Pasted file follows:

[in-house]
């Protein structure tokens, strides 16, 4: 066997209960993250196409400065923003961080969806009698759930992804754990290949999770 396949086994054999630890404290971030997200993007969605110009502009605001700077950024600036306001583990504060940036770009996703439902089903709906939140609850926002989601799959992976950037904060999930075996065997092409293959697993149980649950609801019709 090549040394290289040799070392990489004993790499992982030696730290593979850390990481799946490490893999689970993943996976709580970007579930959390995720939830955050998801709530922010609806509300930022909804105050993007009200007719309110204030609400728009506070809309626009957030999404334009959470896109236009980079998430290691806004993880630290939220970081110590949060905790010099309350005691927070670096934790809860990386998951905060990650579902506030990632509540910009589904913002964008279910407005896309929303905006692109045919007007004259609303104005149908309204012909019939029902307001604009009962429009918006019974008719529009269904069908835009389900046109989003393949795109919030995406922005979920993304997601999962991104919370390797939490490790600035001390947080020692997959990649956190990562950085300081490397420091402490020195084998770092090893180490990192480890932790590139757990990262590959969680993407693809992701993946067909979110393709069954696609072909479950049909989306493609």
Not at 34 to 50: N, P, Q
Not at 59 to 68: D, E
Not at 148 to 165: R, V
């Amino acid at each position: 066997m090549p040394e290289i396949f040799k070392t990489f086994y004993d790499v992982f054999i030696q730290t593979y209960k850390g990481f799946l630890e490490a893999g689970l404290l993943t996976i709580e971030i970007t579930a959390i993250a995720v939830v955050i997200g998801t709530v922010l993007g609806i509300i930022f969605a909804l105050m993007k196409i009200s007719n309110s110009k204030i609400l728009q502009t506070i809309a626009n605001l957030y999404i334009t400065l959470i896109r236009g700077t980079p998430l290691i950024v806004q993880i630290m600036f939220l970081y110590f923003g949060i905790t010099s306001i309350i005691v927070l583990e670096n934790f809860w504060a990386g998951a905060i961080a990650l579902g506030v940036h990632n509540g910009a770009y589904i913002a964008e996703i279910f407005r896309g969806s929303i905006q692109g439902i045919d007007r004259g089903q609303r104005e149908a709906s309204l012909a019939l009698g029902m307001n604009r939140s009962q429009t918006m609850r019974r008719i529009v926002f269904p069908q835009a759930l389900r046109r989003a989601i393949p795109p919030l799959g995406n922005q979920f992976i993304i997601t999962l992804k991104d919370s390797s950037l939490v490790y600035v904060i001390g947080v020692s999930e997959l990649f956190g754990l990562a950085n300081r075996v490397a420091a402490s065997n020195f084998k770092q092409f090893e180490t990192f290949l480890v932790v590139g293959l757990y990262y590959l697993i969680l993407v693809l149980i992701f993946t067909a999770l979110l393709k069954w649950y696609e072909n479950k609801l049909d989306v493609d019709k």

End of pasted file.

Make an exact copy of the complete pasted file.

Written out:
[in-house]
């Protein structure tokens, strides 16, 4: 066997209960993250196409400065923003961080969806009698759930992804754990290949999770 396949086994054999630890404290971030997200993007969605110009502009605001700077950024600036306001583990504060940036770009996703439902089903709906939140609850926002989601799959992976950037904060999930075996065997092409293959697993149980649950609801019709 090549040394290289040799070392990489004993790499992982030696730290593979850390990481799946490490893999689970993943996976709580970007579930959390995720939830955050998801709530922010609806509300930022909804105050993007009200007719309110204030609400728009506070809309626009957030999404334009959470896109236009980079998430290691806004993880630290939220970081110590949060905790010099309350005691927070670096934790809860990386998951905060990650579902506030990632509540910009589904913002964008279910407005896309929303905006692109045919007007004259609303104005149908309204012909019939029902307001604009009962429009918006019974008719529009269904069908835009389900046109989003393949795109919030995406922005979920993304997601999962991104919370390797939490490790600035001390947080020692997959990649956190990562950085300081490397420091402490020195084998770092090893180490990192480890932790590139757990990262590959969680993407693809992701993946067909979110393709069954696609072909479950049909989306493609």
Not at 34 to 50: N, P, Q
Not at 59 to 68: D, E
Not at 148 to 165: R, V
């Amino acid at each position: 066997m090549p040394e290289i396949f040799k070392t990489f086994y004993d790499v992982f054999i030696q730290t593979y209960k850390g990481f799946l630890e490490a893999g689970l404290l993943t996976i709580e971030i970007t579930a959390i993250a995720v939830v955050i997200g998801t709530v922010l993007g609806i509300i930022f969605a909804l105050m993007k196409i009200s007719n309110s110009k204030i609400l728009q502009t506070i809309a626009n605001l957030y999404i334009t400065l959470i896109r236009g700077t980079p998430l290691i950024v806004q993880i630290m600036f939220l970081y110590f923003g949060i905790t010099s306001i309350i005691v927070l583990e670096n934790f809860w504060a990386g998951a905060i961080a990650l579902g506030v940036h990632n509540g910009a770009y589904i913002a964008e996703i279910f407005r896309g969806s929303i905006q692109g439902i045919d007007r004259g089903q609303r104005e149908a709906s309204l012909a019939l009698g029902m307001n604009r939140s009962q429009t918006m609850r019974r008719i529009v926002f269904p069908q835009a759930l389900r046109r989003a989601i393949p795109p919030l799959g995406n922005q979920f992976i993304i997601t999962l992804k991104d919370s390797s950037l939490v490790y600035v904060i001390g947080v020692s999930e997959l990649f956190g754990l990562a950085n300081r075996v490397a420091a402490s065997n020195f084998k770092q092409f090893e180490t990192f290949l480890v932790v590139g293959l757990y990262y590959l697993i969680l993407v693809l149980i992701f993946t067909a999770l979110l393709k069954w649950y696609e072909n479950k609801l049909d989306v493609d019709k």